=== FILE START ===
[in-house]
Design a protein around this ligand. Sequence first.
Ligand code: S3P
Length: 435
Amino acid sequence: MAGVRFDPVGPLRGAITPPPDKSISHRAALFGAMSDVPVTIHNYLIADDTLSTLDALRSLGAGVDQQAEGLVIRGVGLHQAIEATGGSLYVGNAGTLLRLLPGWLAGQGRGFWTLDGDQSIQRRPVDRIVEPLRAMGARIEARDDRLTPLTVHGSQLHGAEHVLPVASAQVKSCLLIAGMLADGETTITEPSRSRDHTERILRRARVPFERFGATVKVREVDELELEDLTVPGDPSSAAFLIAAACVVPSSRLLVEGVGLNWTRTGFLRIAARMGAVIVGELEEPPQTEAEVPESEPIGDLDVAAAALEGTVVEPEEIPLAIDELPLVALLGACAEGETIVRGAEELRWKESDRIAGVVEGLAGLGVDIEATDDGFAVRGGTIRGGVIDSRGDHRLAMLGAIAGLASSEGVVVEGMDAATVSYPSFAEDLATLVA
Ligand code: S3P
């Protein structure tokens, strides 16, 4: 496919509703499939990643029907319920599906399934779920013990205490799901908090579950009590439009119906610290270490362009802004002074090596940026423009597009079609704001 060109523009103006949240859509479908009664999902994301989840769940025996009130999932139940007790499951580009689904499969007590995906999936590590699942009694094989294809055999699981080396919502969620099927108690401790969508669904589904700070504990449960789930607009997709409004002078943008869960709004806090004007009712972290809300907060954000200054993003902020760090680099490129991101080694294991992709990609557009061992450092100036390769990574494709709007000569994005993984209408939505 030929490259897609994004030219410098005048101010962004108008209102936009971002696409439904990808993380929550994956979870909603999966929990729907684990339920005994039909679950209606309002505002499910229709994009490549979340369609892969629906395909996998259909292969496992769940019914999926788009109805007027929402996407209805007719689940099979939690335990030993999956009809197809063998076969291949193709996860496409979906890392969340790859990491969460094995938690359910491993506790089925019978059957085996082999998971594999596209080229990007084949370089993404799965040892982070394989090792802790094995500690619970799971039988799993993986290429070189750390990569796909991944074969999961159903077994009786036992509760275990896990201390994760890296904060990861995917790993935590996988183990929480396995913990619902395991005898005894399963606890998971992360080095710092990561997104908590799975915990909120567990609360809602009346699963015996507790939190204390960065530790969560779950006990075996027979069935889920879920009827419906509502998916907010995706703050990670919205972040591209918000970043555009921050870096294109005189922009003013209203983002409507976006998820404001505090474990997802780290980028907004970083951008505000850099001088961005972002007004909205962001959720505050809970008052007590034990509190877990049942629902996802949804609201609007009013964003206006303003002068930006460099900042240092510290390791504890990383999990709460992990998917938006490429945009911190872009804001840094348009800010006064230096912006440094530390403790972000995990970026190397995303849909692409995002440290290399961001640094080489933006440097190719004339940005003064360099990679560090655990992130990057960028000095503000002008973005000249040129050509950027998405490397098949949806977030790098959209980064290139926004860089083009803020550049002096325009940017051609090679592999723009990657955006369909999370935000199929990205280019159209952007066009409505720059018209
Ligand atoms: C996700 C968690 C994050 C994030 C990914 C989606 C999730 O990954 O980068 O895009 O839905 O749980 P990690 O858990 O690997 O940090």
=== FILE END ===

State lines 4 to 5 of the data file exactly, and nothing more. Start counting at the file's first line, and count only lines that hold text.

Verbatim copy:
Length: 435
Amino acid sequence: MAGVRFDPVGPLRGAITPPPDKSISHRAALFGAMSDVPVTIHNYLIADDTLSTLDALRSLGAGVDQQAEGLVIRGVGLHQAIEATGGSLYVGNAGTLLRLLPGWLAGQGRGFWTLDGDQSIQRRPVDRIVEPLRAMGARIEARDDRLTPLTVHGSQLHGAEHVLPVASAQVKSCLLIAGMLADGETTITEPSRSRDHTERILRRARVPFERFGATVKVREVDELELEDLTVPGDPSSAAFLIAAACVVPSSRLLVEGVGLNWTRTGFLRIAARMGAVIVGELEEPPQTEAEVPESEPIGDLDVAAAALEGTVVEPEEIPLAIDELPLVALLGACAEGETIVRGAEELRWKESDRIAGVVEGLAGLGVDIEATDDGFAVRGGTIRGGVIDSRGDHRLAMLGAIAGLASSEGVVVEGMDAATVSYPSFAEDLATLVA